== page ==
Among the local fairs that are of a purely worldly nature, that held at Seville about the middle of April is the most famous. But the annual fair at the smallest village is equally a sight not to be missed; indeed, it has the distinction of concentrated local character, whereas the great fair at Seville is more of a national fete. At fair-time all the inhabitants of a village are a family party of merry-makers: the squire is "hail-fellow-well-met "with the labourers on his estate, the squire's wife romps with the boy and girl peasants, the squire's son plays cavalier to the village beauty. Every-one is adorned in the best bibs and tuckers of local costume; everywhere is heard the music of castanets and guitars, bidding the merry-makers trip the light fantastic toe in some local form of dance. By day the pedlars constitute one of the most attractive sights of the fair: those who trade in spindles and distaffs carry their wares tied round their waists; some, who sell sweetmeats, fruit, needles and cottons, and suchlike oddments, display their goods on flower-bedecked trays slung round the neck by bright ribbons; and some general dealers balance on their heads a pyramid of hats for stall. At night, illuminations and fireworks con-tribute largely to the fun of the fair.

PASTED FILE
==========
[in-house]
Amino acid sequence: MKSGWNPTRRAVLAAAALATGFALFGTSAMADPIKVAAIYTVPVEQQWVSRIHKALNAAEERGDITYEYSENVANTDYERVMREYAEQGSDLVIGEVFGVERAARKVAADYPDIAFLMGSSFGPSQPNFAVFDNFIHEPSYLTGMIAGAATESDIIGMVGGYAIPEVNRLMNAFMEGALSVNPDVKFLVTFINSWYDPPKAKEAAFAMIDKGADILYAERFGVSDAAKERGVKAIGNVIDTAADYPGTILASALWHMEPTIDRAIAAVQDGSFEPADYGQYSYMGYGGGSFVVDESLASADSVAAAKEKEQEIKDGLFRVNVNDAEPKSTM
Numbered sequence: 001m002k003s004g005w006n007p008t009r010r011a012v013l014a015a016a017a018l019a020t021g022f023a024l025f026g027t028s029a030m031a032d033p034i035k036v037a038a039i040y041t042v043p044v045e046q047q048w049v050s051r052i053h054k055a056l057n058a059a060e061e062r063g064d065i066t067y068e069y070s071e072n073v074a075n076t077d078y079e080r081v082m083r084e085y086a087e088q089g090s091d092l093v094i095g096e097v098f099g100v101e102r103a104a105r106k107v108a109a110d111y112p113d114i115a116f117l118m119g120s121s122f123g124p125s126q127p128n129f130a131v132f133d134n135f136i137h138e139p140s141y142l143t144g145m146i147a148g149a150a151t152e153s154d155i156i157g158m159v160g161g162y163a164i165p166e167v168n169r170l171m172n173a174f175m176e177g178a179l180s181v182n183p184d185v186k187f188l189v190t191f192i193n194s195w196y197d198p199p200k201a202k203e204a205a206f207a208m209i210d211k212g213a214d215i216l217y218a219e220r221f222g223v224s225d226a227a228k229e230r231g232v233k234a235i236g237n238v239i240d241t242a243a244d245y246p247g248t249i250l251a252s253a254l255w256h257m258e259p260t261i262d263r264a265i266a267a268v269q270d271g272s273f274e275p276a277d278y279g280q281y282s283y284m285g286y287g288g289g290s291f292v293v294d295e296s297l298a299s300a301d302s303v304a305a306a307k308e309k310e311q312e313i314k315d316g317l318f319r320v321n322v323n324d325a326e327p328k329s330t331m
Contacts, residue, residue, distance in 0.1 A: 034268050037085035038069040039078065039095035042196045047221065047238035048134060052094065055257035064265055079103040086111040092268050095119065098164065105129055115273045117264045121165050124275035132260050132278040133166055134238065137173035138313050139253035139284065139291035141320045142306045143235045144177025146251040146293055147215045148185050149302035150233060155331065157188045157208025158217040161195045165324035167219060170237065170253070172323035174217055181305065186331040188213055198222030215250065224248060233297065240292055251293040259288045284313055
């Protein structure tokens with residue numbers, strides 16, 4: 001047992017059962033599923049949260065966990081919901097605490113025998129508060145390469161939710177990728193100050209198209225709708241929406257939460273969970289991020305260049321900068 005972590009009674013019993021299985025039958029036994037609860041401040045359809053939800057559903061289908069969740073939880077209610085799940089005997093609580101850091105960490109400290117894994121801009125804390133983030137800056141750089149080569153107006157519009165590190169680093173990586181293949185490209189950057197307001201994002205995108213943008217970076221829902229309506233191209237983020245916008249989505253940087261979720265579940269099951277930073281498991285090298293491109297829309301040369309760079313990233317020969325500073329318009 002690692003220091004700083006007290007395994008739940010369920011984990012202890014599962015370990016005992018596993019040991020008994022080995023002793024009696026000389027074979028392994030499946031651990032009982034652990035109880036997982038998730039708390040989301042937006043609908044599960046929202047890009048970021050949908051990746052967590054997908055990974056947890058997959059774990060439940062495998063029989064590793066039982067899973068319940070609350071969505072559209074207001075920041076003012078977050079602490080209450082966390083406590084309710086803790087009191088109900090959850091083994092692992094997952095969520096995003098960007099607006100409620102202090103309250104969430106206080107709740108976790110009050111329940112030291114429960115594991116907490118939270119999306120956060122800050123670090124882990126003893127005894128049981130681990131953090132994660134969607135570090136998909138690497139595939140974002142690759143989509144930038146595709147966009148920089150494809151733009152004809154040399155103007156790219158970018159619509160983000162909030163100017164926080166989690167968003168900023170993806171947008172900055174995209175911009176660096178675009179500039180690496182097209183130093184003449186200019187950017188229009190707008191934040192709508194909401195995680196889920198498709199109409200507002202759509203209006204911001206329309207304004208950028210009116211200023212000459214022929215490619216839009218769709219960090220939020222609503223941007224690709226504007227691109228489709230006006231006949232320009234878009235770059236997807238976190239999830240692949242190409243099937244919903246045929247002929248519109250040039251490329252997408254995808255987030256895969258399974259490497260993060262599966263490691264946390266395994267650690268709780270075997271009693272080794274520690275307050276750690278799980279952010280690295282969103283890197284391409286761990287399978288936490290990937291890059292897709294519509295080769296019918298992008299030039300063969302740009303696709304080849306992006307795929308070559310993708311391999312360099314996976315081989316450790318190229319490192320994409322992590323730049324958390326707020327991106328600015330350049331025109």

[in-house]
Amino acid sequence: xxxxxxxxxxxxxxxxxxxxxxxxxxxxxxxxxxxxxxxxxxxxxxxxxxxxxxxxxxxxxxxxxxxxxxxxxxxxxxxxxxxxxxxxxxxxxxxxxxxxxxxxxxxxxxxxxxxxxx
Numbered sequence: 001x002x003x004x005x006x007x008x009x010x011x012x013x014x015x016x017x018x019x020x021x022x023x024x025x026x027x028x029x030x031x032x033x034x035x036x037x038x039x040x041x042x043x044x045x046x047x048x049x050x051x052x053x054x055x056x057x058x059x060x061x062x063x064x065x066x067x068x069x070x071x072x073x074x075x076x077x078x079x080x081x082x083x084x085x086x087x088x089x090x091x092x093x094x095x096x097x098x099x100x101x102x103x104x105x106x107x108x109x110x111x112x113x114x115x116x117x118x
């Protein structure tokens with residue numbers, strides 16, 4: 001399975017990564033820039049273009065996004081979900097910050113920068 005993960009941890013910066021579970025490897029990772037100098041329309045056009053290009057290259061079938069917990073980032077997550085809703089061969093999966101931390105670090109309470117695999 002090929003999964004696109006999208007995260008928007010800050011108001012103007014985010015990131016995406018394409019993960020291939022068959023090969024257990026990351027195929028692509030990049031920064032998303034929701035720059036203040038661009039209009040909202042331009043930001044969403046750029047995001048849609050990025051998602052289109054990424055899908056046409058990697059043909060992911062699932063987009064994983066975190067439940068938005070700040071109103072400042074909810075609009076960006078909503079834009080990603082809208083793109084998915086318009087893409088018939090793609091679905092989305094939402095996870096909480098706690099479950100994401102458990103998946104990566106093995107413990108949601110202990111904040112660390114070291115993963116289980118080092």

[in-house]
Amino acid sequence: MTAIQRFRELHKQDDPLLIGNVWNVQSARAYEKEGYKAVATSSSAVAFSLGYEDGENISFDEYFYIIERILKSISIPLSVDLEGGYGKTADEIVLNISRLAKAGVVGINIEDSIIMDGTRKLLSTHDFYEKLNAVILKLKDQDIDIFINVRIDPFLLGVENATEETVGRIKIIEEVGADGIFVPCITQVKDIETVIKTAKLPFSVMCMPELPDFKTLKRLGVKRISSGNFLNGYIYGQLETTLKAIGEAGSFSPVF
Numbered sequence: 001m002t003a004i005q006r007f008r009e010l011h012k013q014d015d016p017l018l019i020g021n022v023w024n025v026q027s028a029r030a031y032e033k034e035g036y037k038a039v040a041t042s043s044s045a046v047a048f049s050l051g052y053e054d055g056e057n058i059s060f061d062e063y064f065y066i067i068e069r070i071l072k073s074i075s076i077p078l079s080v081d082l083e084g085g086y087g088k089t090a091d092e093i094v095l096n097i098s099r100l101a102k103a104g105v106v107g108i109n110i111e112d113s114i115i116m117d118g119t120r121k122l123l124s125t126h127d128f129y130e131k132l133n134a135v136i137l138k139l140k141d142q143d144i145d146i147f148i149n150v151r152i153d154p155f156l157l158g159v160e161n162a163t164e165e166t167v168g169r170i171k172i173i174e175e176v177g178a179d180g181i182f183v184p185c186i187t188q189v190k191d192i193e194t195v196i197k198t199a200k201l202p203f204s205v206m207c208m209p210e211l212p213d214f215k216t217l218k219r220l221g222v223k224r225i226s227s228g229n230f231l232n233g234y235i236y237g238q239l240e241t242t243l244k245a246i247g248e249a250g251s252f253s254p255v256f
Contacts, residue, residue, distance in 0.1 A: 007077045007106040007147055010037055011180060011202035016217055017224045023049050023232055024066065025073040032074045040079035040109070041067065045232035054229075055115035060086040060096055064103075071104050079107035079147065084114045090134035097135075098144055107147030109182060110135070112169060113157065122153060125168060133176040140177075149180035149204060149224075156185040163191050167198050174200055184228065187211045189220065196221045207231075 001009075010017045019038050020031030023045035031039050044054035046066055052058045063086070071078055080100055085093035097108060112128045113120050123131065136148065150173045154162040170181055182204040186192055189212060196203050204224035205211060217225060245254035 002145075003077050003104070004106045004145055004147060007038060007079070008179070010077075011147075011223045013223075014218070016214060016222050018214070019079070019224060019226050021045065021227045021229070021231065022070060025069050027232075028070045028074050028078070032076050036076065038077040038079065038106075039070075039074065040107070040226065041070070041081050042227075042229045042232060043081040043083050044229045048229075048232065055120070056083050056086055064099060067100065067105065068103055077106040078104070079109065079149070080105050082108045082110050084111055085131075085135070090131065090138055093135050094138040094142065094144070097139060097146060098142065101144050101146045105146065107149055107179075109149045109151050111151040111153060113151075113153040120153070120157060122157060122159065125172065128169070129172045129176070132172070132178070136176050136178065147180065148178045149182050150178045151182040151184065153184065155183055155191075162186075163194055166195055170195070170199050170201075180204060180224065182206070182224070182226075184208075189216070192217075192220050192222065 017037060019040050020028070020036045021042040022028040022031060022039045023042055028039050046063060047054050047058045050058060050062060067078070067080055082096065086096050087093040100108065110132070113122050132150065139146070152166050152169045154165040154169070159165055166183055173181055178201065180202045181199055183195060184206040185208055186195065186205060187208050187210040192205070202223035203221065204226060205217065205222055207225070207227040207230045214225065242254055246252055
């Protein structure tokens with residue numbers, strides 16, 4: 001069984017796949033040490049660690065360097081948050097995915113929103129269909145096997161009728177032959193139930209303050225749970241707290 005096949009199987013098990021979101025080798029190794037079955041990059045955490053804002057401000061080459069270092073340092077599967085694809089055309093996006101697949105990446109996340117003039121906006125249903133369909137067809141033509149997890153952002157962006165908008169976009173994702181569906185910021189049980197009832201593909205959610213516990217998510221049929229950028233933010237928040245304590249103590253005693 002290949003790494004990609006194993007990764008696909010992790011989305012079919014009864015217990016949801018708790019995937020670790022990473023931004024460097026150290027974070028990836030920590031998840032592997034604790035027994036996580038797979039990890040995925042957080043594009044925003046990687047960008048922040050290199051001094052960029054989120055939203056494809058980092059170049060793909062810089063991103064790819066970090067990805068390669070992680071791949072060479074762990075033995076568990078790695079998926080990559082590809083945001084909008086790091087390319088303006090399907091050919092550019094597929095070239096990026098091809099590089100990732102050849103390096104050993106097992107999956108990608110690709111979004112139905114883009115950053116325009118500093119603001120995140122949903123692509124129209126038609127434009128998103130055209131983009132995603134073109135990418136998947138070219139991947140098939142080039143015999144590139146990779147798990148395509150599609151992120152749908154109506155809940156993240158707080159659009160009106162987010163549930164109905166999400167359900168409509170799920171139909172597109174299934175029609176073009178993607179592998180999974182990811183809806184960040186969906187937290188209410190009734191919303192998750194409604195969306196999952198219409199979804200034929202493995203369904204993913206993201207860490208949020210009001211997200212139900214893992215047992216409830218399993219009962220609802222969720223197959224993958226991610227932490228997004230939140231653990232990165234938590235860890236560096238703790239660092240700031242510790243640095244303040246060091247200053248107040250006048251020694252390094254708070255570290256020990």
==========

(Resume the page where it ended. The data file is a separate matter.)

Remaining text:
The festivals which are constantly affecting a small section of Spanish society here, there, and everywhere throughout the land, are known as name-days. These celebrations are nearly related to our birthday festivities, and, like them, only concern one member of a family in particular, and relatives and friends in general. Every Spaniard is named after a saint, and the special day dedicated by the Church to the memory of his patron saint is name-day for him. Each member of a family, from the oldest to the youngest, is the hero or heroine of an intimate circle on his or her own name-day, and mother's name-day in a Spanish home is of the same special importance as is mother's birthday in an English home. Flowers, fruits, and sweets are the leading varieties of presents. The family in which the name-day occurs frequently gives a tertulia—an evening reception of an informal nature: people drop in to offer congratulations and express good wishes, and there is a considerable amount of talking, some music, dancing, and perhaps a game of whist. Only the lightest of refreshments are served at tertulias, which are not peculiar to name-day celebrations, but are a very usual medium of social intercourse; water is often the only beverage handed round.

There is one Spanish festival of particular interest to the women. This is San Juan's Day, June 13, when Cupid is cajoled and propitiated. The Spanish girl who is anxious for a sweetheart steals out in the early morning to bathe her face in the waters of a fountain, and the Spanish girl who already has a lover goes through the same ceremony to insure his constancy. Heart-shaped cakes are another of the love-customs of this day, and rosemary and verbena are burned as offerings to the god of love.